The Literature Of Stirling Engines

The following bibliography of Stirling engines includes books, papers, patents, and other material generally available from a good technical library. The material is arranged in alphabetical order of the prime author. The list is by no means complete. Additions arc being entered constantly as new papers are written, and as others, previously unknown, are found. Many of these contribute further new references. All the material has been through the author's hand at one time or another and most is. euphemistically speaking, on file at the University of Calgary.

The literature of Stirling engines is surprisingly extensive. Some measure of the interest in a subject can be gained by the number of papers written about it. Fig. 22.1 shows the annual number of publications about Stirling engines in the forty-year period. 1940-80. These numbers were gleaned from Martini (1978a) who gives an extensive bibliography arranged chronologically, by subject and by author.

The present situation is perhaps akin to that celebrated by the Dutch legend of the little boy whose linger in the dyke stopped the flood and saved the town. In the case of Stirling engine literature, it would appear his finger is already out of the dyke and the llood is upon us.

In 1971, the author felt competent to review Stirling engines for both power and cooling applications in the same volume. Since that time an equally extensive bibliography for cooling engines has been assembled and separate volumes for the two distinct applications are clearly warranted. Plans are already in train for further separate volumes on free-piston machinery.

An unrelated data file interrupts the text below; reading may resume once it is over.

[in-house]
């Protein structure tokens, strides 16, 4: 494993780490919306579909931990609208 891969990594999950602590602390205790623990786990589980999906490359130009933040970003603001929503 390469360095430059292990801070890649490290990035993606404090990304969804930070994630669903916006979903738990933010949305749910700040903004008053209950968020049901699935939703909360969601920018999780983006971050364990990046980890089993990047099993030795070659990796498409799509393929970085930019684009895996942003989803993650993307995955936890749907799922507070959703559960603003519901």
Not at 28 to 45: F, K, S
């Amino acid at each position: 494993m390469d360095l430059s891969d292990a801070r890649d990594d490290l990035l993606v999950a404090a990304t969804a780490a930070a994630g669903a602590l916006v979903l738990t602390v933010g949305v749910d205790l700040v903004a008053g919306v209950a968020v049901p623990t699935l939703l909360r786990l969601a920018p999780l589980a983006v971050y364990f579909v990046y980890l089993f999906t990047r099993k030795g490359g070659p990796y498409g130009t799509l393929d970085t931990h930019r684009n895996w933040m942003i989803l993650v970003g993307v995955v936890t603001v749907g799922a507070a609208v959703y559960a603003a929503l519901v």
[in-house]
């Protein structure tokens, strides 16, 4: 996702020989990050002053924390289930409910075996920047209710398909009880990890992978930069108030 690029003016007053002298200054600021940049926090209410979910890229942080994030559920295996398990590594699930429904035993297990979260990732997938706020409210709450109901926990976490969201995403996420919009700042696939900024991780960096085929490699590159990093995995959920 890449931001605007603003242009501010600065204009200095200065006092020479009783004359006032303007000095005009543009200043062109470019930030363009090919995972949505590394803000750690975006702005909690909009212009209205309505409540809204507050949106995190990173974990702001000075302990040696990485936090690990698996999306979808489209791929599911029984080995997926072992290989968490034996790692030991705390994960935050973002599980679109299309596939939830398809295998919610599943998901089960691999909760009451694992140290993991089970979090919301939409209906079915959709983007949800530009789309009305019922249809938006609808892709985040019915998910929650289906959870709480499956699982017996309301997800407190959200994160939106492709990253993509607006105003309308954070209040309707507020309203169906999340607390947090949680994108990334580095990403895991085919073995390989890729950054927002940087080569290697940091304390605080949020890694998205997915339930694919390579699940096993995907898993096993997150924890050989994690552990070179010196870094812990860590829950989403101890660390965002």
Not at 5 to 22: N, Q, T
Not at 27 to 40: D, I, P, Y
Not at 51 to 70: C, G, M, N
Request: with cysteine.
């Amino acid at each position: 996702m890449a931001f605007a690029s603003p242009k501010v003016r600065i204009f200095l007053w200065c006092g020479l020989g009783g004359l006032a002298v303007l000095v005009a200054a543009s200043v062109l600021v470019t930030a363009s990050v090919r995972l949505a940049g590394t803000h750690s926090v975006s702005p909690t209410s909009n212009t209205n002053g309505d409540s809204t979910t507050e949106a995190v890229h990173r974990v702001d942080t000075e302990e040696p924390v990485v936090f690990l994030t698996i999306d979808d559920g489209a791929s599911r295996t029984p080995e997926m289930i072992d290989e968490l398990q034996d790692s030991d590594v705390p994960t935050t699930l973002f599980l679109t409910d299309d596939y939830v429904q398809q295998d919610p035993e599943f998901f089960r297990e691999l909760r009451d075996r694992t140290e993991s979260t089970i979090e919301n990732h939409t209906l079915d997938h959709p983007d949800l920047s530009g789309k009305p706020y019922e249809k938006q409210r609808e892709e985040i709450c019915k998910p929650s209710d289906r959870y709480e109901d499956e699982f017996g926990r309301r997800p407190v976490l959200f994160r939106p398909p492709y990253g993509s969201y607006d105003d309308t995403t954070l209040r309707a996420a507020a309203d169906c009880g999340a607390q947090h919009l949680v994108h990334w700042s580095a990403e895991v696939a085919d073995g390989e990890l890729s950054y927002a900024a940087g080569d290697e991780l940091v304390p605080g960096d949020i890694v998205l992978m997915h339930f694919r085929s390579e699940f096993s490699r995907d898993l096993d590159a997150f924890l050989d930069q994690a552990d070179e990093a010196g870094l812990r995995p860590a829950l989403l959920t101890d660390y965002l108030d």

Newcomers to ihe field will find the volume of literature both daunting and challenging. The following guide to the essential literature is a good place to start:

1. Overall survey. Ross < 1977a) has provided in a small pocket book a most readable, entertaining, and non-technical survey of the whole field including an interesting history, principles of operation, and recent developments.

2. Historical, l-inkelstein (1959) has given an extensive historical account of air engines. The long article by Babcock (1885) is also recommended for those interested in the history of heat engines.

3. Philips engines. The paper by van Beukering and Fokker (1973) is the most recent survey of the Philips program.

4. United Stirling engines. Rosenqvist, Gummesson, and Lundholm (1977) gave a status report on the development of the automotive Stirling engine in Sweden.

Solar Stirling Engine Basics Explained

Solar Stirling Engine Basics Explained

The solar Stirling engine is progressively becoming a viable alternative to solar panels for its higher efficiency. Stirling engines might be the best way to harvest the power provided by the sun. This is an easy-to-understand explanation of how Stirling engines work, the different types, and why they are more efficient than steam engines.

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